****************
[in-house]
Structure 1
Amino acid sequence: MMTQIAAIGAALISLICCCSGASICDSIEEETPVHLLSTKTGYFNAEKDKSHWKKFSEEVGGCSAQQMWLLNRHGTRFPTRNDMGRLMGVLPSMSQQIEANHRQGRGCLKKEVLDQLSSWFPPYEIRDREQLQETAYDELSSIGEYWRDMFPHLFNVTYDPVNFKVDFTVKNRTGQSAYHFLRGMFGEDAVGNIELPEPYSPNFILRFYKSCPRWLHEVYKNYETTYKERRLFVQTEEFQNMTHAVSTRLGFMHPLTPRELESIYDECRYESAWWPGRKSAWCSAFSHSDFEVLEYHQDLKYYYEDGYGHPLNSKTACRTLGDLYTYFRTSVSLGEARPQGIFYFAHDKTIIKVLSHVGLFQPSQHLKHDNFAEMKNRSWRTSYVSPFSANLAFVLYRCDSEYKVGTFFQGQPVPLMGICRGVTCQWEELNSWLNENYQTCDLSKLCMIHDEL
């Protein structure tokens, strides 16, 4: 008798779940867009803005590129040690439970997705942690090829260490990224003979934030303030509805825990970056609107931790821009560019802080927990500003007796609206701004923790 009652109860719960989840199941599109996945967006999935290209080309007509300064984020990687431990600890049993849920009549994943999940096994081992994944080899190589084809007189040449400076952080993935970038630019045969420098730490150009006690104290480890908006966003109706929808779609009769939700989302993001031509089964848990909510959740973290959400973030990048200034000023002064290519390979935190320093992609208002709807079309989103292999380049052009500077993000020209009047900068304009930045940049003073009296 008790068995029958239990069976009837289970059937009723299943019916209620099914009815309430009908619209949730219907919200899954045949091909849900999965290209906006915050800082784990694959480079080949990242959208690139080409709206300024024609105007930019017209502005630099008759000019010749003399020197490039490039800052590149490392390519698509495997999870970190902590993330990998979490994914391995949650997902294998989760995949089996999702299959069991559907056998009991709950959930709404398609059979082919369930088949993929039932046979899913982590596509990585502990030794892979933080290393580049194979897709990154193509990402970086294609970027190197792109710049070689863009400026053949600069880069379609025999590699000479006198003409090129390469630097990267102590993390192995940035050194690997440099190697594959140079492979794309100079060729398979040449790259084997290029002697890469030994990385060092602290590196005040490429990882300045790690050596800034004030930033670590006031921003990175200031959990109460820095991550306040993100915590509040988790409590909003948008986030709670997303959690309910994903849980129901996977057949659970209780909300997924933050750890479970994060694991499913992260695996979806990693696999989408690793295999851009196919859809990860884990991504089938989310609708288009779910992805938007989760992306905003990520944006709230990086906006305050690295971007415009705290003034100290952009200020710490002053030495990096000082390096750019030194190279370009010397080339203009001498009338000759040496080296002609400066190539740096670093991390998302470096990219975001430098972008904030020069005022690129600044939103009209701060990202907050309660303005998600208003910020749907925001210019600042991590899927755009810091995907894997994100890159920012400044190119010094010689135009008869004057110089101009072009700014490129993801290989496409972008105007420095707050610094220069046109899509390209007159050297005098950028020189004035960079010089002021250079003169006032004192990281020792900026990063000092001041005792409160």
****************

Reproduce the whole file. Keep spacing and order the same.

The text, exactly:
[in-house]
Structure 1
Amino acid sequence: MMTQIAAIGAALISLICCCSGASICDSIEEETPVHLLSTKTGYFNAEKDKSHWKKFSEEVGGCSAQQMWLLNRHGTRFPTRNDMGRLMGVLPSMSQQIEANHRQGRGCLKKEVLDQLSSWFPPYEIRDREQLQETAYDELSSIGEYWRDMFPHLFNVTYDPVNFKVDFTVKNRTGQSAYHFLRGMFGEDAVGNIELPEPYSPNFILRFYKSCPRWLHEVYKNYETTYKERRLFVQTEEFQNMTHAVSTRLGFMHPLTPRELESIYDECRYESAWWPGRKSAWCSAFSHSDFEVLEYHQDLKYYYEDGYGHPLNSKTACRTLGDLYTYFRTSVSLGEARPQGIFYFAHDKTIIKVLSHVGLFQPSQHLKHDNFAEMKNRSWRTSYVSPFSANLAFVLYRCDSEYKVGTFFQGQPVPLMGICRGVTCQWEELNSWLNENYQTCDLSKLCMIHDEL
């Protein structure tokens, strides 16, 4: 008798779940867009803005590129040690439970997705942690090829260490990224003979934030303030509805825990970056609107931790821009560019802080927990500003007796609206701004923790 009652109860719960989840199941599109996945967006999935290209080309007509300064984020990687431990600890049993849920009549994943999940096994081992994944080899190589084809007189040449400076952080993935970038630019045969420098730490150009006690104290480890908006966003109706929808779609009769939700989302993001031509089964848990909510959740973290959400973030990048200034000023002064290519390979935190320093992609208002709807079309989103292999380049052009500077993000020209009047900068304009930045940049003073009296 008790068995029958239990069976009837289970059937009723299943019916209620099914009815309430009908619209949730219907919200899954045949091909849900999965290209906006915050800082784990694959480079080949990242959208690139080409709206300024024609105007930019017209502005630099008759000019010749003399020197490039490039800052590149490392390519698509495997999870970190902590993330990998979490994914391995949650997902294998989760995949089996999702299959069991559907056998009991709950959930709404398609059979082919369930088949993929039932046979899913982590596509990585502990030794892979933080290393580049194979897709990154193509990402970086294609970027190197792109710049070689863009400026053949600069880069379609025999590699000479006198003409090129390469630097990267102590993390192995940035050194690997440099190697594959140079492979794309100079060729398979040449790259084997290029002697890469030994990385060092602290590196005040490429990882300045790690050596800034004030930033670590006031921003990175200031959990109460820095991550306040993100915590509040988790409590909003948008986030709670997303959690309910994903849980129901996977057949659970209780909300997924933050750890479970994060694991499913992260695996979806990693696999989408690793295999851009196919859809990860884990991504089938989310609708288009779910992805938007989760992306905003990520944006709230990086906006305050690295971007415009705290003034100290952009200020710490002053030495990096000082390096750019030194190279370009010397080339203009001498009338000759040496080296002609400066190539740096670093991390998302470096990219975001430098972008904030020069005022690129600044939103009209701060990202907050309660303005998600208003910020749907925001210019600042991590899927755009810091995907894997994100890159920012400044190119010094010689135009008869004057110089101009072009700014490129993801290989496409972008105007420095707050610094220069046109899509390209007159050297005098950028020189004035960079010089002021250079003169006032004192990281020792900026990063000092001041005792409160």